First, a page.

FOR IMMEDIATE RELEASE
Three new North Carolina Sea Grant projects are studying impacts on the state’s oyster, brown shrimp, and blue crab populations. The projects will meet key needs identified by state agencies that manage natural resources.
John Fear, North Carolina Sea Grant’s deputy director, says discussions with directors of various agencies and review of the state’s Coastal Habitat Protection Plan informed the design of these projects.
“We recognize up front that this opportunity, with its limited funding, will cover only a small percentage of the vast listing of research needs from our agency partners,” Fear notes. “Additional needs identified in our recent discussions will continue to feed into our future research funding opportunities.”
Scientists from the University of North Carolina at Chapel Hill, East Carolina, and NC State University will lead these one-year projects.
Nathan Hall of UNC-CH will examine the impacts of water quality on oyster recovery and restoration. In particular, his team will study how raphidophyte, a harmful algal bloom species, affects oyster recruitment to the New River Estuary.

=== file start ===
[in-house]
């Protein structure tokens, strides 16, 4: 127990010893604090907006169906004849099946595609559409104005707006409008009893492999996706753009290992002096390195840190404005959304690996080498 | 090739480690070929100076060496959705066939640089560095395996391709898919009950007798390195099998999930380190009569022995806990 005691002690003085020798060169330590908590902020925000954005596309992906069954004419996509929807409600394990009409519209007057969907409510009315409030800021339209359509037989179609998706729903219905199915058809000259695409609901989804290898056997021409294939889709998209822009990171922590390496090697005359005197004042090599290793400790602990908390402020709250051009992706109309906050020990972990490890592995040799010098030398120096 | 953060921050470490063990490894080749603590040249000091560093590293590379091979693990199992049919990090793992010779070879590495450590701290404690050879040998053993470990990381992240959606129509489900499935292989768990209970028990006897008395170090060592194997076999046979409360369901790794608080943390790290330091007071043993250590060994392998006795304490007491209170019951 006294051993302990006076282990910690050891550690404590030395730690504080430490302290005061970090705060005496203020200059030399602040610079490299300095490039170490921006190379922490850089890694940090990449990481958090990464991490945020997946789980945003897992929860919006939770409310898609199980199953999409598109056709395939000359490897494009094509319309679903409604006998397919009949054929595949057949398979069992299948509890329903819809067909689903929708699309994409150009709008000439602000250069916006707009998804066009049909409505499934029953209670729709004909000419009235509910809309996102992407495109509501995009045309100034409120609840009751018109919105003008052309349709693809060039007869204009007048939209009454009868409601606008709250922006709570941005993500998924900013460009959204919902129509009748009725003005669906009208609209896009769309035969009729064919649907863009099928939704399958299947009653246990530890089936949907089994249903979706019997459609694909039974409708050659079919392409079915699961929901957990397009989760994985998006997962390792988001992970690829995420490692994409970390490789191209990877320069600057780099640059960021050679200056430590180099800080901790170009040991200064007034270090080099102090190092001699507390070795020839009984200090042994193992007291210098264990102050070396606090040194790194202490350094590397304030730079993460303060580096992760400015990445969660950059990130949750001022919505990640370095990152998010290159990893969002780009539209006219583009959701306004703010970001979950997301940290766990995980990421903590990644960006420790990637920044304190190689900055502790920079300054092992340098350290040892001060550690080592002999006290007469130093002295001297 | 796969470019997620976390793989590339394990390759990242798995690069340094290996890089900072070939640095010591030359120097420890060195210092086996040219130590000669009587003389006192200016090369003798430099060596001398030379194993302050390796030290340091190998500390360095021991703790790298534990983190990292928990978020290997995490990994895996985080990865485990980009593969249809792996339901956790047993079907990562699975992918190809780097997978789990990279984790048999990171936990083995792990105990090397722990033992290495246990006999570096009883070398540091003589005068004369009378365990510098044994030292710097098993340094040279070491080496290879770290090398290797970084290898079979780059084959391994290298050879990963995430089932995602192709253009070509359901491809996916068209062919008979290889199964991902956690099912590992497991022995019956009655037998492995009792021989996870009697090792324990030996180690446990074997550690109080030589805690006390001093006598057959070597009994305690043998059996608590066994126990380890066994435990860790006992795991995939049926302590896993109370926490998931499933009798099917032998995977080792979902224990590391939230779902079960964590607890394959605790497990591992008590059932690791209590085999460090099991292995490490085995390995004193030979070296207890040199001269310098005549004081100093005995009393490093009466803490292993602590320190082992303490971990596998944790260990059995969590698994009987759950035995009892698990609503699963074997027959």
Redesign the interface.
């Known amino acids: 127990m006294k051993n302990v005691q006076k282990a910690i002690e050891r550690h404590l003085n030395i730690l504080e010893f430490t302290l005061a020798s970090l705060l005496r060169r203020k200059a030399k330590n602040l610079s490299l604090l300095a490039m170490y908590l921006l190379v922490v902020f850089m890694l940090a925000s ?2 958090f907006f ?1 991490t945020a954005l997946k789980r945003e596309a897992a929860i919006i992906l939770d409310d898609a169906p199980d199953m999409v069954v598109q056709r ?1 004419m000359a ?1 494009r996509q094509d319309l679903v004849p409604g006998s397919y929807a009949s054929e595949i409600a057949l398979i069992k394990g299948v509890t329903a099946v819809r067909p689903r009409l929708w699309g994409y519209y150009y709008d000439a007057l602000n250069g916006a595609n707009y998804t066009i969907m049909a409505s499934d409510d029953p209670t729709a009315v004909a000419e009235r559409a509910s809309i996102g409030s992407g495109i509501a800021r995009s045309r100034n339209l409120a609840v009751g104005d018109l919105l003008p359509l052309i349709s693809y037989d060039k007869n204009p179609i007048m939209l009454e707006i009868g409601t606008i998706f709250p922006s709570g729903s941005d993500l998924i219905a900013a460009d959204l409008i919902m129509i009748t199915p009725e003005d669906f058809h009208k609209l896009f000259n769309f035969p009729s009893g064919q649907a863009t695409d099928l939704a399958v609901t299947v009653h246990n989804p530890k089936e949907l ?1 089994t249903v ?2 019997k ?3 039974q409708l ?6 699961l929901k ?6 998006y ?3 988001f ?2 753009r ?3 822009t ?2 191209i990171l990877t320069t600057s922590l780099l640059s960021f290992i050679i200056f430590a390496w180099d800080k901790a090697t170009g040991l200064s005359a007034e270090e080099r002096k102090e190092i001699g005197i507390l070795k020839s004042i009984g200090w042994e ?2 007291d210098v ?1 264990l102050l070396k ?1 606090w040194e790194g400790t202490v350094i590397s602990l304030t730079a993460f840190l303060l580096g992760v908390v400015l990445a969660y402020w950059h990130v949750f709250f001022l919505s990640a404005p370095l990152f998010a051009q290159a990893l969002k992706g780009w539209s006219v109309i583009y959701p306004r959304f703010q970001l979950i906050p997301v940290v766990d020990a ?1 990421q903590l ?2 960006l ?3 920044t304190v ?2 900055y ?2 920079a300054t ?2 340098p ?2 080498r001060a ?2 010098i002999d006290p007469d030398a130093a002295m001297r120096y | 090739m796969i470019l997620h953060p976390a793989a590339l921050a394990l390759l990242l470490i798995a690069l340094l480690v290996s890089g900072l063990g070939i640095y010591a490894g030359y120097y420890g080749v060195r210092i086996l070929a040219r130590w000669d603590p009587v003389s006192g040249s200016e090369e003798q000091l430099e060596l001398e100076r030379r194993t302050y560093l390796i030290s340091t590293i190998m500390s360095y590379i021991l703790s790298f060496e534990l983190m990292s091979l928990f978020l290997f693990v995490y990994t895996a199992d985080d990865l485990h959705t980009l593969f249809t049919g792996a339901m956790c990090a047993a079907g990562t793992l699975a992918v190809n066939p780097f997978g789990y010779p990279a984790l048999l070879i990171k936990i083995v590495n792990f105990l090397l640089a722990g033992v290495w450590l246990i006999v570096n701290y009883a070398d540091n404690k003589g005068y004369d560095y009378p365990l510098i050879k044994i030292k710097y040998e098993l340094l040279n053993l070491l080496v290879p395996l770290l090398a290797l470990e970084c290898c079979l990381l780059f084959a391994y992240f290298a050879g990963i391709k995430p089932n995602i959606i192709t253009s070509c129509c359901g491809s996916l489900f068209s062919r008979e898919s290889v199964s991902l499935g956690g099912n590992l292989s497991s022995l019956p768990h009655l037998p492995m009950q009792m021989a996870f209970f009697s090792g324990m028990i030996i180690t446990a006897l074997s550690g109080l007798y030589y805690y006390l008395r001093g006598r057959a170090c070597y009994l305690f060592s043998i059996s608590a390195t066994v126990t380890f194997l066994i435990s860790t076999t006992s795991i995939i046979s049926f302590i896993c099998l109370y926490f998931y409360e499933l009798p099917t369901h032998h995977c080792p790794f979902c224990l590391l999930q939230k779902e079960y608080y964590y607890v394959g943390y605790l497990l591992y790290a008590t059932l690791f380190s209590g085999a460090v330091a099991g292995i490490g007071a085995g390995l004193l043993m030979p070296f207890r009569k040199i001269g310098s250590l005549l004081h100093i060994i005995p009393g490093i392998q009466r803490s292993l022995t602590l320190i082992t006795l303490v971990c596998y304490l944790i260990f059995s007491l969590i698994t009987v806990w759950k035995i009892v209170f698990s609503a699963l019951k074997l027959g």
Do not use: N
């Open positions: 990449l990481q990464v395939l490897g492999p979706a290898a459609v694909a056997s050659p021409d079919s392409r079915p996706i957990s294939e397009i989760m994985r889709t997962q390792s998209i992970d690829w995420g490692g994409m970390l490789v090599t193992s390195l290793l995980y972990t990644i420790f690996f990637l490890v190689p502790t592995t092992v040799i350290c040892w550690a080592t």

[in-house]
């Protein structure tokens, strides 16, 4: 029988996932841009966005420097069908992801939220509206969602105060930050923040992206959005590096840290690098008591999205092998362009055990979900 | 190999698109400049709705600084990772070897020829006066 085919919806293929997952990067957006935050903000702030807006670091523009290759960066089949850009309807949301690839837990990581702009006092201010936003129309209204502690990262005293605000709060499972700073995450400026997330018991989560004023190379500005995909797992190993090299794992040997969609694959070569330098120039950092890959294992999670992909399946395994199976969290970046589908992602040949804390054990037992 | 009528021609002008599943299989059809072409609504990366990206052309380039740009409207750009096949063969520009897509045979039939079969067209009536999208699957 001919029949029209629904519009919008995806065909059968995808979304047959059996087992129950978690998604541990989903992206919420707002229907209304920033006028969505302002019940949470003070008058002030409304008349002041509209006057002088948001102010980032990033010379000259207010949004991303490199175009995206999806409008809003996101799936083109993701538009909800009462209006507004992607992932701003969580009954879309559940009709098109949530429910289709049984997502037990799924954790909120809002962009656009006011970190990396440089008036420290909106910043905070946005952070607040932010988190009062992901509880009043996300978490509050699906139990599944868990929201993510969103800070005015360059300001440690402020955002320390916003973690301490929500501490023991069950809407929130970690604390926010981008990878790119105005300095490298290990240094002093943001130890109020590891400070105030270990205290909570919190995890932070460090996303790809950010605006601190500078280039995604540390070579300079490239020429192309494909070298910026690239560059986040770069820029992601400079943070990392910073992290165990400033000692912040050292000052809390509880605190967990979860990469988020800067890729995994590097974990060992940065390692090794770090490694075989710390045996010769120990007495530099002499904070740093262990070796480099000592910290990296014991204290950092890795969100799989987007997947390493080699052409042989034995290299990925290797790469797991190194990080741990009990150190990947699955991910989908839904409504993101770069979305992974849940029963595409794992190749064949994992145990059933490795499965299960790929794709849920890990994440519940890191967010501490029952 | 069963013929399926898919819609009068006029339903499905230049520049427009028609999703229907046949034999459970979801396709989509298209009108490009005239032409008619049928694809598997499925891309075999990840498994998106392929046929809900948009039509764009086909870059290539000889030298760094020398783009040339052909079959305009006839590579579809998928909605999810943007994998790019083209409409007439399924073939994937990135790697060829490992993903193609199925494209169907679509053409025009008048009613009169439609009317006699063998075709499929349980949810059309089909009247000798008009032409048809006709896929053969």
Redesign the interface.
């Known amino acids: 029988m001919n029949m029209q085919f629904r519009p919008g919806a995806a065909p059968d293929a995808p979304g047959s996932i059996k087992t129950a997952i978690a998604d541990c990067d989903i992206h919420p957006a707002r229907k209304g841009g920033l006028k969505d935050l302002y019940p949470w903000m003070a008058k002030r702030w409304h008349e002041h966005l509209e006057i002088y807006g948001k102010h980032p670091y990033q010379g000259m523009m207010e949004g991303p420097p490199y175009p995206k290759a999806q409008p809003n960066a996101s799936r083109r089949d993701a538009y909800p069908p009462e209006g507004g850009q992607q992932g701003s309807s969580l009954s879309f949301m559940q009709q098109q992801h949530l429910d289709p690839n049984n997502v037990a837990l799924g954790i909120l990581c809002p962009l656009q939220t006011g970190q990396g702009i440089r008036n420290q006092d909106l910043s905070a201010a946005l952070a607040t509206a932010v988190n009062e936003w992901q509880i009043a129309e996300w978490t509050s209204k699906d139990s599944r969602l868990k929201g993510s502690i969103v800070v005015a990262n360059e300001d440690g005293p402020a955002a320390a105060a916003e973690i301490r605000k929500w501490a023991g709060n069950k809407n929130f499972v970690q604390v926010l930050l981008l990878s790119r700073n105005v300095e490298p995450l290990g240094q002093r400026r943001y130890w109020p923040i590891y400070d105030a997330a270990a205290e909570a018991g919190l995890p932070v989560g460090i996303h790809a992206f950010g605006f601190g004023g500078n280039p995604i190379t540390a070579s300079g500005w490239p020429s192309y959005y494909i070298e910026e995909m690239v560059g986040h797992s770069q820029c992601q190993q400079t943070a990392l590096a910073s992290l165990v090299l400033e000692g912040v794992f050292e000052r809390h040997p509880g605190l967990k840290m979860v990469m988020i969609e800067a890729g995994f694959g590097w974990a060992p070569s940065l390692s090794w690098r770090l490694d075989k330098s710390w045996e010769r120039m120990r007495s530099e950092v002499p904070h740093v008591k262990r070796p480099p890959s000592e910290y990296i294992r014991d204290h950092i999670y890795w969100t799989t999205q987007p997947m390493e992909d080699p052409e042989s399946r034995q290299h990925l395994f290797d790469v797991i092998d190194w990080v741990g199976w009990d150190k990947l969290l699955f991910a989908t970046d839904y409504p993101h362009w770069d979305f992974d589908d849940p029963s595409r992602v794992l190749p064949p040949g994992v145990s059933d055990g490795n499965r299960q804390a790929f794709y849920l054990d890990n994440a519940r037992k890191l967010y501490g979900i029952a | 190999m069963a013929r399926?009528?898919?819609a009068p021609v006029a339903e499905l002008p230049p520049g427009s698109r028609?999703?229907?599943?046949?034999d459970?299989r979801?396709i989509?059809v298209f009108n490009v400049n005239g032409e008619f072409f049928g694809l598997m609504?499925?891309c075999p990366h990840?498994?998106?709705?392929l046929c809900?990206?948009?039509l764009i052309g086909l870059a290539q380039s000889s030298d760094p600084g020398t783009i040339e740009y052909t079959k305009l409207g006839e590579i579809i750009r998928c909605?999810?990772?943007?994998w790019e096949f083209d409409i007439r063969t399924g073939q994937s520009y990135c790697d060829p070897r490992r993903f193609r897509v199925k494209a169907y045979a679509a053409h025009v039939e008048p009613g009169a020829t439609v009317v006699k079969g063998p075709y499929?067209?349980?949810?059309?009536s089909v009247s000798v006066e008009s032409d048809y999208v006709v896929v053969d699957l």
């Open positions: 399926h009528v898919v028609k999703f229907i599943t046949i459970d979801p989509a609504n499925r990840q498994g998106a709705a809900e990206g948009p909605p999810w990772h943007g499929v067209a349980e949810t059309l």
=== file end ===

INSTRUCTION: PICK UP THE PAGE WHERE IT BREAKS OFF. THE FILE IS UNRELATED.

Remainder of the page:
Hall’s findings will have implications for estuarine ecosystem management and subsequent projects that support oyster restoration and protection. He also plans educational outreach for K-12 students on oysters, water quality, and healthy estuarine ecosystems.
James Morley of ECU will address a gap in current research by studying the influence of environmental factors on brown shrimp recruitment. Morley will examine differences in the effects of climate on shrimp in the Pamlico Sound, as well as in 13 North Carolina tidal creeks.
His team, including undergraduate and graduate students, also will conduct interviews with commercial shrimpers about factors that affect species abundance and availability. The study’s practical implications are expected to include if and how shrimp serve as an indicator of climate change.
Jim Cao of NC State will study blue crab populations, a keystone species in our coastal system. He will focus on how water temperature, salinity, dissolved oxygen and chemical contaminants affect the blue crab population over the long term.
Through Cao’s project, graduate students will have training in marine biology, ecology, chemical contamination, statistics, modeling, and fishery management. The results are expected not only to help to inform management of the blue crab fishery during climate change and coastal urbanization, but also to provide insight into coastal conservation efforts.
For more information on funding opportunities from North Carolina Sea Grant, visit:
North Carolina Sea Grant: Your link to research and resources for a healthier coast